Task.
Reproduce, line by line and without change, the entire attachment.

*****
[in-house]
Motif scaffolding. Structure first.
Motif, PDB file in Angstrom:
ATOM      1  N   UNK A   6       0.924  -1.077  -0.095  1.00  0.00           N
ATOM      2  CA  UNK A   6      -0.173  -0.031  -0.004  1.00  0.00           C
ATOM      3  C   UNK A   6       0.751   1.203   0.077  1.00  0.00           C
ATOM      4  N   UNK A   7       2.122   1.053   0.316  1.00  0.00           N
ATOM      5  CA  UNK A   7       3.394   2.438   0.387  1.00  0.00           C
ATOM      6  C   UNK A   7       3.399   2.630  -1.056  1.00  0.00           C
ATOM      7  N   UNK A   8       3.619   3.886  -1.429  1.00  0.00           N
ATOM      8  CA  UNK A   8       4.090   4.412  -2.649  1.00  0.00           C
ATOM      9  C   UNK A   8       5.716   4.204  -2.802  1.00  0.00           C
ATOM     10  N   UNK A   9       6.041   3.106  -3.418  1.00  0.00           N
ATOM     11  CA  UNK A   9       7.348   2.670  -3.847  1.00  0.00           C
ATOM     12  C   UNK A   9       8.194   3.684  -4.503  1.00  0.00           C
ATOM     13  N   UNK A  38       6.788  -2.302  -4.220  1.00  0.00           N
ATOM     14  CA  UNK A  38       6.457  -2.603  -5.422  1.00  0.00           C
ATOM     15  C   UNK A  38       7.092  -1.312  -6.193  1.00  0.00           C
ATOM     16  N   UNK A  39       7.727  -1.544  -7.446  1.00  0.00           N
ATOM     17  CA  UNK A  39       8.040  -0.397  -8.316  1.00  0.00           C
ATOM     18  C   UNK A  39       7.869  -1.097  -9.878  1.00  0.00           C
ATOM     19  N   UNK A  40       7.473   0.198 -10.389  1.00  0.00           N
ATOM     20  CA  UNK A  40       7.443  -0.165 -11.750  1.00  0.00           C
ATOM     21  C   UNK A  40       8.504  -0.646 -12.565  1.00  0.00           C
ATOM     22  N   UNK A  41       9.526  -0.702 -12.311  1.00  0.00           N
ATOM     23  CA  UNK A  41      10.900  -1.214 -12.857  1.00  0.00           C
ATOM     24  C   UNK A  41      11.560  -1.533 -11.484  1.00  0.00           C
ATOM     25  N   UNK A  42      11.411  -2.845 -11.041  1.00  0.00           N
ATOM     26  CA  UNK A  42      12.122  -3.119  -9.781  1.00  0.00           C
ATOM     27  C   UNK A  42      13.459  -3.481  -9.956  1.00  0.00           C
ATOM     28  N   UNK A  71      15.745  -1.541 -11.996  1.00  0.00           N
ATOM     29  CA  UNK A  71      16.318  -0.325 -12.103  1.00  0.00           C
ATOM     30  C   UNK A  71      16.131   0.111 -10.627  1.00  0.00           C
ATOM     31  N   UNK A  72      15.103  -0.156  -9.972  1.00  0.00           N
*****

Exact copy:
[in-house]
Motif scaffolding. Structure first.
Motif, PDB file in Angstrom:
ATOM      1  N   UNK A   6       0.924  -1.077  -0.095  1.00  0.00           N
ATOM      2  CA  UNK A   6      -0.173  -0.031  -0.004  1.00  0.00           C
ATOM      3  C   UNK A   6       0.751   1.203   0.077  1.00  0.00           C
ATOM      4  N   UNK A   7       2.122   1.053   0.316  1.00  0.00           N
ATOM      5  CA  UNK A   7       3.394   2.438   0.387  1.00  0.00           C
ATOM      6  C   UNK A   7       3.399   2.630  -1.056  1.00  0.00           C
ATOM      7  N   UNK A   8       3.619   3.886  -1.429  1.00  0.00           N
ATOM      8  CA  UNK A   8       4.090   4.412  -2.649  1.00  0.00           C
ATOM      9  C   UNK A   8       5.716   4.204  -2.802  1.00  0.00           C
ATOM     10  N   UNK A   9       6.041   3.106  -3.418  1.00  0.00           N
ATOM     11  CA  UNK A   9       7.348   2.670  -3.847  1.00  0.00           C
ATOM     12  C   UNK A   9       8.194   3.684  -4.503  1.00  0.00           C
ATOM     13  N   UNK A  38       6.788  -2.302  -4.220  1.00  0.00           N
ATOM     14  CA  UNK A  38       6.457  -2.603  -5.422  1.00  0.00           C
ATOM     15  C   UNK A  38       7.092  -1.312  -6.193  1.00  0.00           C
ATOM     16  N   UNK A  39       7.727  -1.544  -7.446  1.00  0.00           N
ATOM     17  CA  UNK A  39       8.040  -0.397  -8.316  1.00  0.00           C
ATOM     18  C   UNK A  39       7.869  -1.097  -9.878  1.00  0.00           C
ATOM     19  N   UNK A  40       7.473   0.198 -10.389  1.00  0.00           N
ATOM     20  CA  UNK A  40       7.443  -0.165 -11.750  1.00  0.00           C
ATOM     21  C   UNK A  40       8.504  -0.646 -12.565  1.00  0.00           C
ATOM     22  N   UNK A  41       9.526  -0.702 -12.311  1.00  0.00           N
ATOM     23  CA  UNK A  41      10.900  -1.214 -12.857  1.00  0.00           C
ATOM     24  C   UNK A  41      11.560  -1.533 -11.484  1.00  0.00           C
ATOM     25  N   UNK A  42      11.411  -2.845 -11.041  1.00  0.00           N
ATOM     26  CA  UNK A  42      12.122  -3.119  -9.781  1.00  0.00           C
ATOM     27  C   UNK A  42      13.459  -3.481  -9.956  1.00  0.00           C
ATOM     28  N   UNK A  71      15.745  -1.541 -11.996  1.00  0.00           N
ATOM     29  CA  UNK A  71      16.318  -0.325 -12.103  1.00  0.00           C
ATOM     30  C   UNK A  71      16.131   0.111 -10.627  1.00  0.00           C
ATOM     31  N   UNK A  72      15.103  -0.156  -9.972  1.00  0.00           N